The madness of markets – a story of human insanity

What is insanity? Insanity is doing something over and over again, while expecting a different outcome.

The world economic crisis in 2007/08 came as a shock to everyone. Despite the fact that it happened before. The economy has seen several crisis, even before we had fancy words for all the different loan offers and interest packages; the economy has been in crisis long before we had the nation-state as we know it today and it has probably been in crisis since we think about it as economy. So, why are we always surprised when the economy suddenly is in crisis all over again?

One of the images of the last crisis in 2007/08, the one about bubbles, is particularly interesting to look at. In 2007/08, the housing market in the US crashed and through a trigger effect it pulled everything else down with it.

The housing market was a bubble, an economic bubble.

What does this mean?

A bubble grows, as one blows more air into it. It looks beautiful flying around in the air, growing, but then, at some point …

At some point the bubble pops. And all the air that has been pumped into it disappears in the sky. Even though this is the fate of every bubble, we don’t think about bubbles as something too bad in the economy, do we? As long as it grows, we like to pump more and more air into it. We don’t think about the moment when the bubble breaks, otherwise we would have stopped doing it a long time ago.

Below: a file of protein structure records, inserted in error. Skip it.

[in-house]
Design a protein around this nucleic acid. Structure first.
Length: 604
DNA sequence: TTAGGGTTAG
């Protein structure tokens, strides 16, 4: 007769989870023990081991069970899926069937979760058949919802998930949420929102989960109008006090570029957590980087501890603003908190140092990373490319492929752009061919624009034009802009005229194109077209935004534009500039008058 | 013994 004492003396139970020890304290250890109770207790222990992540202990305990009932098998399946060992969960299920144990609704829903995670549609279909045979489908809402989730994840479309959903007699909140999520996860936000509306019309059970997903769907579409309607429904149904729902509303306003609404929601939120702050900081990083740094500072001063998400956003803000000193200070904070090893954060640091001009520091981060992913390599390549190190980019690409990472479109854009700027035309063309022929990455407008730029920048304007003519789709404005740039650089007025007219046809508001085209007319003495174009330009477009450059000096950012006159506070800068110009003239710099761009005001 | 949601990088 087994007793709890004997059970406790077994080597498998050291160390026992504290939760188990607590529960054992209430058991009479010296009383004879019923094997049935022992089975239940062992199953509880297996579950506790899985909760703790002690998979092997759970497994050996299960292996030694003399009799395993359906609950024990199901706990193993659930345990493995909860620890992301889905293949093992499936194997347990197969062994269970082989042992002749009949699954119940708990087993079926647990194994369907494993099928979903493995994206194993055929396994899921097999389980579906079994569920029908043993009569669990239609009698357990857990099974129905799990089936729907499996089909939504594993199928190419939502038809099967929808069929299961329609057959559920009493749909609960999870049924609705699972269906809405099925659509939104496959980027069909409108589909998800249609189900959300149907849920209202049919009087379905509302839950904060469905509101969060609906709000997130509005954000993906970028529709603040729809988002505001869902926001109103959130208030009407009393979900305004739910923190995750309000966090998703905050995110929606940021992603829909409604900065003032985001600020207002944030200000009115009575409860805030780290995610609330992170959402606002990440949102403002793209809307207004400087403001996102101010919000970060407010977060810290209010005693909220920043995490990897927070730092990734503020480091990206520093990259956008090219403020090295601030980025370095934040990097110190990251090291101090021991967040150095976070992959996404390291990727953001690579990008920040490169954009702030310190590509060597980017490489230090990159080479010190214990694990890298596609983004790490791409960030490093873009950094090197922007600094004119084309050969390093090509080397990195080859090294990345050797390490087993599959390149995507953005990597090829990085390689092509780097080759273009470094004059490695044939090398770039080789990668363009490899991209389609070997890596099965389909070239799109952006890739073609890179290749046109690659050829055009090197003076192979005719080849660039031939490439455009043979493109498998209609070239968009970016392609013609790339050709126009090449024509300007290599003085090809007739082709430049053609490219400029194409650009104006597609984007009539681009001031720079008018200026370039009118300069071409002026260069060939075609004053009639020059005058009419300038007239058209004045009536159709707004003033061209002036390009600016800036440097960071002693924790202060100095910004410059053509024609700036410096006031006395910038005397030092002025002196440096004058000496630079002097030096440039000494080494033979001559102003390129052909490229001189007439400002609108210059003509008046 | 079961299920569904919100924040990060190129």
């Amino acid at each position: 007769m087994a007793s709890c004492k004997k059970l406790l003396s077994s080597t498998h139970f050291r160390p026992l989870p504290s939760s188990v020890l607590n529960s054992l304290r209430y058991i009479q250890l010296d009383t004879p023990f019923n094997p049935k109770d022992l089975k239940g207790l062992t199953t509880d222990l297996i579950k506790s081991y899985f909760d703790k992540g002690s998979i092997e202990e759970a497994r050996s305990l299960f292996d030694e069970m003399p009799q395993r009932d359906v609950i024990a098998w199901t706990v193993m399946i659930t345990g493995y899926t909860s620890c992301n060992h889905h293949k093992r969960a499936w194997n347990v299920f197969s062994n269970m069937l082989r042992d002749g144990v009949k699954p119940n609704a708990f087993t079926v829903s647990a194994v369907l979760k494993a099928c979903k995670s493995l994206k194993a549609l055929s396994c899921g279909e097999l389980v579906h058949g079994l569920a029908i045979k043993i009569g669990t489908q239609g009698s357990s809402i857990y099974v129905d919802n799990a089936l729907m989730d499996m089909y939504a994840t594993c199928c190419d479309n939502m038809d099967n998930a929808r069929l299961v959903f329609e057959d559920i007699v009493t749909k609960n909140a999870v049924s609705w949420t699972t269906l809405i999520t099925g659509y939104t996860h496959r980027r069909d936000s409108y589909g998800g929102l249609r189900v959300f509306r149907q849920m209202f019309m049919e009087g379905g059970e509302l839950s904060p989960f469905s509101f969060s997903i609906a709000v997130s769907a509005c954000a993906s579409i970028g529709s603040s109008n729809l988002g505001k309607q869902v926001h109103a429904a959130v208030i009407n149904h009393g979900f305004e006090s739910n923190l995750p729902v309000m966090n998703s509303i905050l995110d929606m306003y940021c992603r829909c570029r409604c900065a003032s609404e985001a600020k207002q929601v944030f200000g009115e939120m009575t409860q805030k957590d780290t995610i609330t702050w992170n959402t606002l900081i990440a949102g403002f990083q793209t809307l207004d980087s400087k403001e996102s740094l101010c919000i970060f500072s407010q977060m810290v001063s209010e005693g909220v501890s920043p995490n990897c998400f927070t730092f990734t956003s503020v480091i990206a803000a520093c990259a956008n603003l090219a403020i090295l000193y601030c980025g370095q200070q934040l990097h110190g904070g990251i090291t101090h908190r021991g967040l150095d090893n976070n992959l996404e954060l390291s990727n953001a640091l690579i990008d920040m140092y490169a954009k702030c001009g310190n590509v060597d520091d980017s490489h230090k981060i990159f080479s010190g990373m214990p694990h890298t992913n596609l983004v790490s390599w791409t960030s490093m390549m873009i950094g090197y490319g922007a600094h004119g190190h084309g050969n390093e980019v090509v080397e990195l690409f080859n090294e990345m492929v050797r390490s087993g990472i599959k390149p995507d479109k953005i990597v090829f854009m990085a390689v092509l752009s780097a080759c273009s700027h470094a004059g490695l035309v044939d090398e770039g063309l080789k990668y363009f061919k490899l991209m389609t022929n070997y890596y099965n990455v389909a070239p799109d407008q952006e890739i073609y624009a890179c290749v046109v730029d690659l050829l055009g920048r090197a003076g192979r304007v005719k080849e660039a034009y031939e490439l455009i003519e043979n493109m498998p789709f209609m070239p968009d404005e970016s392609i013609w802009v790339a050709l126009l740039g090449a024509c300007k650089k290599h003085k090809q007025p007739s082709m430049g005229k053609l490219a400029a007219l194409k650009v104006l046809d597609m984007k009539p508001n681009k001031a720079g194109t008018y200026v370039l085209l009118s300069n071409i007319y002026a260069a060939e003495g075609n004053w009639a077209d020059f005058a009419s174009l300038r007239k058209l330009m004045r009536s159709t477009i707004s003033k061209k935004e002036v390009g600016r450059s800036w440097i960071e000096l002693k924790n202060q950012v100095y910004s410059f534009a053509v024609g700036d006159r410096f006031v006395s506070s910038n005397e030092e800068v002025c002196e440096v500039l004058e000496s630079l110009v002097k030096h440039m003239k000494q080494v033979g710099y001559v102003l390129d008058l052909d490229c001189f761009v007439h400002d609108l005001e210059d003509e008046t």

One fitting and real example is the one of tulips. Tulips are beautiful flowers, and they are not that expensive.

However, we had a period in the Netherlands of the 17th Century, where it was more expensive to buy a tulip than a house.

Every day the tulip would be more valuable and the next day you could sell it for even more than you paid. The day after for even more, and the day after that even more again, and so on. It was the day after the day after the day after the next day, when the tulip was suddenly worth nothing.

People lost everything because all they had was pumped into the tulip bubble. Within one year, the tulip flower price had risen and fallen.

That sounds crazy, doesn’t it?

In 2007/08 we did the same with houses. Currently we are doing the same with the internet, with new energy sources and, again, with houses.

We are doing the same thing over and over again, while expecting a different outcome.

Is it the market that is mad or are we humans just insane?

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